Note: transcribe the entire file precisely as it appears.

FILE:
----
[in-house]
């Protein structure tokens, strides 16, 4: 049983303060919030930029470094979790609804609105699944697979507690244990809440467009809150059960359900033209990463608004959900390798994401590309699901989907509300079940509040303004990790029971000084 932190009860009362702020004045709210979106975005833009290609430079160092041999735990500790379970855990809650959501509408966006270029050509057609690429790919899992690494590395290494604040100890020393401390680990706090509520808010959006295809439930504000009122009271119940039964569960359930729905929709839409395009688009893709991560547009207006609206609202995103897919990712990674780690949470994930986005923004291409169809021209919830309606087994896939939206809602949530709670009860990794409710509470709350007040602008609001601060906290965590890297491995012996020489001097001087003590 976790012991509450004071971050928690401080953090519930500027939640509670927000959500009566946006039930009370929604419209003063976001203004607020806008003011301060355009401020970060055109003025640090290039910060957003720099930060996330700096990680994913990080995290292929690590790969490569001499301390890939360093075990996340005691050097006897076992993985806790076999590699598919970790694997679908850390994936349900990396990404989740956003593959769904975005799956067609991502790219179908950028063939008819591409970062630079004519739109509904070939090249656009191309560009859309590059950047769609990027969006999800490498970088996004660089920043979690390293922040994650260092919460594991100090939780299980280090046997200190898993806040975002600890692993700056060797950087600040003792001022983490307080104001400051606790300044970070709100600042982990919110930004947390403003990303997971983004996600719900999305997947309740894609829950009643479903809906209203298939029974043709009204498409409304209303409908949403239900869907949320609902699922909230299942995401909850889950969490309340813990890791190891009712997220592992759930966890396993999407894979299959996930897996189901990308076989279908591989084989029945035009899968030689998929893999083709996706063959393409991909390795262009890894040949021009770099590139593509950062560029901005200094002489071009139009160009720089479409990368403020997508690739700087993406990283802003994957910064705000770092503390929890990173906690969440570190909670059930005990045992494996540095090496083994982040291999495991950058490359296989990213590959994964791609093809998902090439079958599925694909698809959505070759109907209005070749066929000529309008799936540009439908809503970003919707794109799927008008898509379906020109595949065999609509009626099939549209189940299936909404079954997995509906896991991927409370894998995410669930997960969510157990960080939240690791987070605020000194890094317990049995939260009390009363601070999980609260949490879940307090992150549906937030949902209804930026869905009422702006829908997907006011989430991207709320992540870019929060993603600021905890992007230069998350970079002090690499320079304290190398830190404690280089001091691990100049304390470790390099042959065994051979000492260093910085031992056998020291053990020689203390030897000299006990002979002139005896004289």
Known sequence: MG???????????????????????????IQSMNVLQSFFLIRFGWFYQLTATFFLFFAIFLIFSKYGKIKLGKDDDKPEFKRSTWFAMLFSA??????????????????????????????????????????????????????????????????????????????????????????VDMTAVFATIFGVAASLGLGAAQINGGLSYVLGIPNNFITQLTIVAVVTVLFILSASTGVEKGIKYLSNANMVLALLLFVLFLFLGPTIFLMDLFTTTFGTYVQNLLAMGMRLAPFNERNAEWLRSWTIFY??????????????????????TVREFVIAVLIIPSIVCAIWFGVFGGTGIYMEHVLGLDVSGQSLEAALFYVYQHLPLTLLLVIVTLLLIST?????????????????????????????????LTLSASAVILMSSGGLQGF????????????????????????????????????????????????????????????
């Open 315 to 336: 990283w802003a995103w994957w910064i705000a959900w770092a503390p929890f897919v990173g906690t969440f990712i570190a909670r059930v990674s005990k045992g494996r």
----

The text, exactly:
[in-house]
């Protein structure tokens, strides 16, 4: 049983303060919030930029470094979790609804609105699944697979507690244990809440467009809150059960359900033209990463608004959900390798994401590309699901989907509300079940509040303004990790029971000084 932190009860009362702020004045709210979106975005833009290609430079160092041999735990500790379970855990809650959501509408966006270029050509057609690429790919899992690494590395290494604040100890020393401390680990706090509520808010959006295809439930504000009122009271119940039964569960359930729905929709839409395009688009893709991560547009207006609206609202995103897919990712990674780690949470994930986005923004291409169809021209919830309606087994896939939206809602949530709670009860990794409710509470709350007040602008609001601060906290965590890297491995012996020489001097001087003590 976790012991509450004071971050928690401080953090519930500027939640509670927000959500009566946006039930009370929604419209003063976001203004607020806008003011301060355009401020970060055109003025640090290039910060957003720099930060996330700096990680994913990080995290292929690590790969490569001499301390890939360093075990996340005691050097006897076992993985806790076999590699598919970790694997679908850390994936349900990396990404989740956003593959769904975005799956067609991502790219179908950028063939008819591409970062630079004519739109509904070939090249656009191309560009859309590059950047769609990027969006999800490498970088996004660089920043979690390293922040994650260092919460594991100090939780299980280090046997200190898993806040975002600890692993700056060797950087600040003792001022983490307080104001400051606790300044970070709100600042982990919110930004947390403003990303997971983004996600719900999305997947309740894609829950009643479903809906209203298939029974043709009204498409409304209303409908949403239900869907949320609902699922909230299942995401909850889950969490309340813990890791190891009712997220592992759930966890396993999407894979299959996930897996189901990308076989279908591989084989029945035009899968030689998929893999083709996706063959393409991909390795262009890894040949021009770099590139593509950062560029901005200094002489071009139009160009720089479409990368403020997508690739700087993406990283802003994957910064705000770092503390929890990173906690969440570190909670059930005990045992494996540095090496083994982040291999495991950058490359296989990213590959994964791609093809998902090439079958599925694909698809959505070759109907209005070749066929000529309008799936540009439908809503970003919707794109799927008008898509379906020109595949065999609509009626099939549209189940299936909404079954997995509906896991991927409370894998995410669930997960969510157990960080939240690791987070605020000194890094317990049995939260009390009363601070999980609260949490879940307090992150549906937030949902209804930026869905009422702006829908997907006011989430991207709320992540870019929060993603600021905890992007230069998350970079002090690499320079304290190398830190404690280089001091691990100049304390470790390099042959065994051979000492260093910085031992056998020291053990020689203390030897000299006990002979002139005896004289």
Known sequence: MG???????????????????????????IQSMNVLQSFFLIRFGWFYQLTATFFLFFAIFLIFSKYGKIKLGKDDDKPEFKRSTWFAMLFSA??????????????????????????????????????????????????????????????????????????????????????????VDMTAVFATIFGVAASLGLGAAQINGGLSYVLGIPNNFITQLTIVAVVTVLFILSASTGVEKGIKYLSNANMVLALLLFVLFLFLGPTIFLMDLFTTTFGTYVQNLLAMGMRLAPFNERNAEWLRSWTIFY??????????????????????TVREFVIAVLIIPSIVCAIWFGVFGGTGIYMEHVLGLDVSGQSLEAALFYVYQHLPLTLLLVIVTLLLIST?????????????????????????????????LTLSASAVILMSSGGLQGF????????????????????????????????????????????????????????????
């Open 315 to 336: 990283w802003a995103w994957w910064i705000a959900w770092a503390p929890f897919v990173g906690t969440f990712i570190a909670r059930v990674s005990k045992g494996r």